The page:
2. Do participate in #FollowFriday or #FF. It’s a nice way to recommend somebody who sends good Tweets and to show them that their Tweets are not going unappreciated or even unnoticed. A piece of Twitter etiquette that I find endearing. Ideally, don’t just Tweet an @handle but explain WHY this person is worth following
  3. Do send original Tweets (not just RTs) to convey opinions on relevant topics or engage with your followers.
  4. Last, when you RT and add a comment, try to make it clear which part is your comment vs. the original Tweet,  add a carrot and your initials (^NT) if necessary. I’ve been engaged in many confusing Twitter conversations caused by this issue.
  5. Do retweet relevant pieces of information and URLs to your followers. And if there are enough characters, do add your own commentary or interpretation to show that you are retweeting it for a reason or have additional insights. Lately, I’ve heard people complain about too much retweeting. I say, make sure the information is relevant for your followers and that the 140 characters you use to describe the URL are not misleading.

I am a huge fan of Twitter and I have at one time or another broken all of the above rules. Follow the rules you like and ignore the rest! 🙂 And please share your own do’s and don’ts for Twitter if you have the time.

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5 thoughts on “The Top Five Do's and Don'ts for Tweeters

  1. Thanks for another great read, Natascha — your “top-N” posts are always great stepwise guides. As you know from our internal dialog, I take high exception to (and am guilty of not abiding by) #3 (separate work/personal accounts) — and by proxy, #2 (no chit-chat).
    Twitter is nothing but a big advertisement without the personal nature — even of business accounts. To me, each tweeter is first a person, then a manifestation of one business or activity or another. Not only does this make the platform worthwhile, but to me it is key to nothing less than advancing many human and civil rights topics around the world. If you are only a cog in a business machine, without exposing your humanness, we can never appreciate the full diversity of what makes the world tick. Ditto for the ‘chit-chat’ — it may seem completely irrelevant that I’m talking with my wife about handling a major tantrum from my daughter on the floor in our kitchen, but to someone a world away who might be following along, that might be a common connection via a little thing that unites rather than divides us.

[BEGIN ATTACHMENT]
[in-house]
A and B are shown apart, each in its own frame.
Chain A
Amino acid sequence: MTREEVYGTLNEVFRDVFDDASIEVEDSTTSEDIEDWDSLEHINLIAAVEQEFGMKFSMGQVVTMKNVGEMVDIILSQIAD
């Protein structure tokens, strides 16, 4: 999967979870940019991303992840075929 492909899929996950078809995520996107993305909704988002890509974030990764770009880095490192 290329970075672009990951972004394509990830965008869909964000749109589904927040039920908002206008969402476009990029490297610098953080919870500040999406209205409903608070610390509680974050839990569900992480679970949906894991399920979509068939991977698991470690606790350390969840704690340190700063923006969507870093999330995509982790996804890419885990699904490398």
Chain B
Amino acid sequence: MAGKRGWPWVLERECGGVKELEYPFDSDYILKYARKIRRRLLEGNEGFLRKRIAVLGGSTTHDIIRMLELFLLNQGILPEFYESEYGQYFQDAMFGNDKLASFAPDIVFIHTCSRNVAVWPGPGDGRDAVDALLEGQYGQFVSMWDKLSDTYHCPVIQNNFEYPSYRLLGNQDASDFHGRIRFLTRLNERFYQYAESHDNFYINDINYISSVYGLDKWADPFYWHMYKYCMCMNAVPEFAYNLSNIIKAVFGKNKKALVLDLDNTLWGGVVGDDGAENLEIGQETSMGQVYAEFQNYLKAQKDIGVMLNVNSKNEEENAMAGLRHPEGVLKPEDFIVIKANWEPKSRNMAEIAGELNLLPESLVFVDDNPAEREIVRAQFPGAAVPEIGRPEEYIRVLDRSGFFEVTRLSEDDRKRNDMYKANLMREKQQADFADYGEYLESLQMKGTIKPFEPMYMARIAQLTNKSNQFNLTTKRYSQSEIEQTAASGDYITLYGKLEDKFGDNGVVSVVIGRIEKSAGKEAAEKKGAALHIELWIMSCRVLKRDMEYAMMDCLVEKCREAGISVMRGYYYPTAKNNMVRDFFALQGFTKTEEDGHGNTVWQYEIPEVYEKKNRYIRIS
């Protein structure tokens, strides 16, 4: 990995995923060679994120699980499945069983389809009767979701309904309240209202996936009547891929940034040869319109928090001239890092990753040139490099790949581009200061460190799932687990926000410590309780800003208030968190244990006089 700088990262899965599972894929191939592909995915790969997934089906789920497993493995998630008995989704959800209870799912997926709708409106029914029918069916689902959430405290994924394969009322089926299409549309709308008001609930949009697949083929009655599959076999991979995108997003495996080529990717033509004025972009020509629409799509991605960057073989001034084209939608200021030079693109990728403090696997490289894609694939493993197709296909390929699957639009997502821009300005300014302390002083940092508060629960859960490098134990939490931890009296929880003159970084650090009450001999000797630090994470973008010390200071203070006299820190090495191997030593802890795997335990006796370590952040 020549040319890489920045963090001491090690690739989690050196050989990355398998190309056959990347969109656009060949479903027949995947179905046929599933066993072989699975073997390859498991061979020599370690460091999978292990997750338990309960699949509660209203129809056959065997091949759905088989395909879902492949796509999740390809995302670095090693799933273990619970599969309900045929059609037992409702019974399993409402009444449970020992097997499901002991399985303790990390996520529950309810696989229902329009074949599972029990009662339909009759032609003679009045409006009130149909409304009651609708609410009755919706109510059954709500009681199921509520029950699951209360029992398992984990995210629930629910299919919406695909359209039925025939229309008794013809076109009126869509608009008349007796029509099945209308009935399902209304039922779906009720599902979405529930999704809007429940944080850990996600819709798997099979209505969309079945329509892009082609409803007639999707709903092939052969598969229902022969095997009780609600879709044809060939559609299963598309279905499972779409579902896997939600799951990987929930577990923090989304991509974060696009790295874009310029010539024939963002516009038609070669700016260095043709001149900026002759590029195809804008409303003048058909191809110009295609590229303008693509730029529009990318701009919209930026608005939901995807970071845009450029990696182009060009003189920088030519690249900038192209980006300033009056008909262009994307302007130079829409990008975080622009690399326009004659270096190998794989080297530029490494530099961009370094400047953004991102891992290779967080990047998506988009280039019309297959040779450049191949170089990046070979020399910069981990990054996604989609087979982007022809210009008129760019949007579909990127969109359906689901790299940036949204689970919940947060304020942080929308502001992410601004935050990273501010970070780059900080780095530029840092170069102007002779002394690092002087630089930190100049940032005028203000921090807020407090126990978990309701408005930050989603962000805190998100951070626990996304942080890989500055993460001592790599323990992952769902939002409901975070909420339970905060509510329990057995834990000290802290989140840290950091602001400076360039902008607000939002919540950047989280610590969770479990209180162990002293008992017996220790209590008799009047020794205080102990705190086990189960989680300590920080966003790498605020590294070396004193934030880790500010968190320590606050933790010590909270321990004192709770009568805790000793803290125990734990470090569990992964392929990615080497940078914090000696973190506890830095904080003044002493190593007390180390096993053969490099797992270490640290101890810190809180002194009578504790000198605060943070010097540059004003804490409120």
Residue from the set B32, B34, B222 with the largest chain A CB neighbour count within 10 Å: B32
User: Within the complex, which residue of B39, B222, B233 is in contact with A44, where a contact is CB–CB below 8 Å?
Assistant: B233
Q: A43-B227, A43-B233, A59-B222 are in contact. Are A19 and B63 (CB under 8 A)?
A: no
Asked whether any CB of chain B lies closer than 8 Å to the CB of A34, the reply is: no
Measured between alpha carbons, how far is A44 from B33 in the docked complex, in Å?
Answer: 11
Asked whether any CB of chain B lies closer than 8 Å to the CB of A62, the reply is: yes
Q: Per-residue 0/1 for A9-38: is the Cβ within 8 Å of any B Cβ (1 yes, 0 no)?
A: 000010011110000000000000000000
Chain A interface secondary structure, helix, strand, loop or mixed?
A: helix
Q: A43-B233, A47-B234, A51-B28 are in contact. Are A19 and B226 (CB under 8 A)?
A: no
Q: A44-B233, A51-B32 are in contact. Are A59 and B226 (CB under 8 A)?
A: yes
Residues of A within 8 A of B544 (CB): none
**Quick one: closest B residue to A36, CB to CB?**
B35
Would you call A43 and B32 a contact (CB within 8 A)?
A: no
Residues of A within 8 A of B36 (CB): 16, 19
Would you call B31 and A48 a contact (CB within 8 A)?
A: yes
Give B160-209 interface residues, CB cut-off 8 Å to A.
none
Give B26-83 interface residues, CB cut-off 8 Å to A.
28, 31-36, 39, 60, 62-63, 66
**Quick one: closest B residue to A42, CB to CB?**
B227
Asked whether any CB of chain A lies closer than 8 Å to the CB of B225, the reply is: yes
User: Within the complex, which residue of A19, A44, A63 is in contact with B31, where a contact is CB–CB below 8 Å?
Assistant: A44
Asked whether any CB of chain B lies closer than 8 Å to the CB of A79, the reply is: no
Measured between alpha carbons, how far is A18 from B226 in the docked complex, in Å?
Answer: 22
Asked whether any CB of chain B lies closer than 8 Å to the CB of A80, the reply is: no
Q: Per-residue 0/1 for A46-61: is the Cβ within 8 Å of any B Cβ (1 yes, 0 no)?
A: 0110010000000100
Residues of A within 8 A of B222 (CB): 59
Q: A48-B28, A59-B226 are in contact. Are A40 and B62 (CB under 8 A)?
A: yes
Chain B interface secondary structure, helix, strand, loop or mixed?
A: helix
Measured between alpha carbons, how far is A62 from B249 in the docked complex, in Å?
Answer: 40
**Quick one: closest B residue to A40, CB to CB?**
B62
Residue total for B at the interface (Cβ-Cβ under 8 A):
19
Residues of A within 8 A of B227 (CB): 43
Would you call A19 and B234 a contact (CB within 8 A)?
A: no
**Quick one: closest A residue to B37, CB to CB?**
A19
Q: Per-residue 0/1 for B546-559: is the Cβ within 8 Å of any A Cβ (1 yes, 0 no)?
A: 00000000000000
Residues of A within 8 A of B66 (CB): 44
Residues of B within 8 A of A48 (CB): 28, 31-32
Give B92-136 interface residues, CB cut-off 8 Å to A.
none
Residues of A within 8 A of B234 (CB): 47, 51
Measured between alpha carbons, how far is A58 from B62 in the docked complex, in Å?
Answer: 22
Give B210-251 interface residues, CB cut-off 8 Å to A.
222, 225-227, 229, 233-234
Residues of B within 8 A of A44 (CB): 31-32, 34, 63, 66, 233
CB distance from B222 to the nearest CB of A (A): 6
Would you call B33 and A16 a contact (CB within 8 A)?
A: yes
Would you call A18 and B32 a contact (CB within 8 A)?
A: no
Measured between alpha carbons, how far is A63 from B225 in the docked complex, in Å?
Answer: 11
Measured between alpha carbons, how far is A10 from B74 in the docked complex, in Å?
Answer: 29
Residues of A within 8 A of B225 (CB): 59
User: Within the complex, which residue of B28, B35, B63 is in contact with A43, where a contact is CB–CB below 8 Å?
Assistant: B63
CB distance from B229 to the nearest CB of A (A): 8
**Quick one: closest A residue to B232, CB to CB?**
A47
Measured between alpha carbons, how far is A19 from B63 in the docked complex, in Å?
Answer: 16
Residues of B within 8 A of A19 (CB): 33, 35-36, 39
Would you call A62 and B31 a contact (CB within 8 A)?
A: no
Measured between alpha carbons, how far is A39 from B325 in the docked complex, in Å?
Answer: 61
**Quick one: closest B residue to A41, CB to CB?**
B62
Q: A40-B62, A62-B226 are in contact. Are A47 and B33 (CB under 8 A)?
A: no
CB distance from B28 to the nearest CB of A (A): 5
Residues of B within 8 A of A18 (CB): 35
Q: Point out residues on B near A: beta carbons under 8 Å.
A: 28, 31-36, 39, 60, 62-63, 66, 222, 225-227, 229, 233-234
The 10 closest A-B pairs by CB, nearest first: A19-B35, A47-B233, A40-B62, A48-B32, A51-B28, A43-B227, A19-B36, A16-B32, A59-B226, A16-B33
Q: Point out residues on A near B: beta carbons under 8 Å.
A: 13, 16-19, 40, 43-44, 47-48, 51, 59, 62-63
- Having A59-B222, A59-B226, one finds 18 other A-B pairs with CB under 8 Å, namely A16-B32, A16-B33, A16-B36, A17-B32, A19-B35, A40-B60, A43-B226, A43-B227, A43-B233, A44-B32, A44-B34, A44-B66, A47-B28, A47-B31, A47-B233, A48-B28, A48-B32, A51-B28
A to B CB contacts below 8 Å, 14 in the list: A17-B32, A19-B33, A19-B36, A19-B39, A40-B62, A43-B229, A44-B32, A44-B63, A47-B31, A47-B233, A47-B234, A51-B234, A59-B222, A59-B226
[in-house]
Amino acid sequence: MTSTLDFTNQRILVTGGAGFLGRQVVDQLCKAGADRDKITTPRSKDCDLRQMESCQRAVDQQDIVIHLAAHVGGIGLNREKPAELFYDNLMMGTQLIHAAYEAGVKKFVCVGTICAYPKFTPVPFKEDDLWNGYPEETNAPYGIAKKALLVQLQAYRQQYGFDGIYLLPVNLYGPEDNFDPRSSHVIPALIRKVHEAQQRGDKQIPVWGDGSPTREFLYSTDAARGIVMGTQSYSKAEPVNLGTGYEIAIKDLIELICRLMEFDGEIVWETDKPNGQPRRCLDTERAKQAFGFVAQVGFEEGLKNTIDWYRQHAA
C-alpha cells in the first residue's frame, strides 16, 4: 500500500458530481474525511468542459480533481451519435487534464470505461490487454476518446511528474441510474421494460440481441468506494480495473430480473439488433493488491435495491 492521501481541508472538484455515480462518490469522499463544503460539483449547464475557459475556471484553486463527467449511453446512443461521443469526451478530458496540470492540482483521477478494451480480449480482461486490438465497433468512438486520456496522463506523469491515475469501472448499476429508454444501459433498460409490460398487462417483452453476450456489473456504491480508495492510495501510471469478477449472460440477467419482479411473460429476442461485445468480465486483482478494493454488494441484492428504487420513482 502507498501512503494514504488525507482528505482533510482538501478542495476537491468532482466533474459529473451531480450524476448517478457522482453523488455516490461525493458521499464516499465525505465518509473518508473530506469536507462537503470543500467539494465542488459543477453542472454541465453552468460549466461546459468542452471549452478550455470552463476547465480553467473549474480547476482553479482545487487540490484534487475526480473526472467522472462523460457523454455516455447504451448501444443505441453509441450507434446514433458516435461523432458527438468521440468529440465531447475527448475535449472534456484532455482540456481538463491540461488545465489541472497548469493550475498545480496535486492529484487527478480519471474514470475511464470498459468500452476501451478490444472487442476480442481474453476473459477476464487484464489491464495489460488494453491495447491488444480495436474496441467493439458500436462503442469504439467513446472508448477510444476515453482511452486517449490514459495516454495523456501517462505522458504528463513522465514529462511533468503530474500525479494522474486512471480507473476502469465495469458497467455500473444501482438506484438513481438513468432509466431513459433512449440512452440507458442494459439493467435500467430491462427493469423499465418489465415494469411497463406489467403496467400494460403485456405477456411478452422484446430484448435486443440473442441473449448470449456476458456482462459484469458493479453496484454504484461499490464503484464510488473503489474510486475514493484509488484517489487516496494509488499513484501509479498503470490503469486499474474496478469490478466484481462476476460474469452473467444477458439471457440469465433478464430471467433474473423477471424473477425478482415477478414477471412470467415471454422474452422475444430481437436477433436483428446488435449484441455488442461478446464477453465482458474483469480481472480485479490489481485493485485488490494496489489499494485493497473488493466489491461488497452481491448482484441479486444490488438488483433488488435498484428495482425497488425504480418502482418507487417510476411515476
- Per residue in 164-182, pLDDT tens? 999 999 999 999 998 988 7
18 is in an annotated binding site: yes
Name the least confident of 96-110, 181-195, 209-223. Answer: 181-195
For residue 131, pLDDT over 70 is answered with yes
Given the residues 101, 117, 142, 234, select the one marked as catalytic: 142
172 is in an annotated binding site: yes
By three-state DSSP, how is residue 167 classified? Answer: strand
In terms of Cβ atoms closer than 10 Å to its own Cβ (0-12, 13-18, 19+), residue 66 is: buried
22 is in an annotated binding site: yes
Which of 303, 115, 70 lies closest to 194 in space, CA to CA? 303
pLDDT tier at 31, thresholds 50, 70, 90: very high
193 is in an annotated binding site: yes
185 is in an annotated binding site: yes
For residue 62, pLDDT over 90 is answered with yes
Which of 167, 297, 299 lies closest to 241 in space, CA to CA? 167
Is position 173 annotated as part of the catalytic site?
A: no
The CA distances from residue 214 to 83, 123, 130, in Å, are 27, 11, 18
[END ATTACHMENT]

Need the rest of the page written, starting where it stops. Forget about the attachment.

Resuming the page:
not that my daughter’s tantrums are exactly *little*…mind you.
    and not that everyone can or needs to be open in this way.
    but to me, it’s what makes *all* the difference.

    thanks again,

    1. Moya:

      You are right that connecting is what counts, and that the littelest things can make that happen as long as we relate…
      It’s true. I guess, it’s all about balance and moderation in the end; PLUS, people have different goals and expectations for Twitter.
      I like that you look at the person first when you get a Twitter message, I think I do that too but have never realized it…



  2. Thanks for the great post, couldn’t agree more than #5 re- auto replies, it almost makes me unfollow straight away. Im def guilty of number 2 sometimes.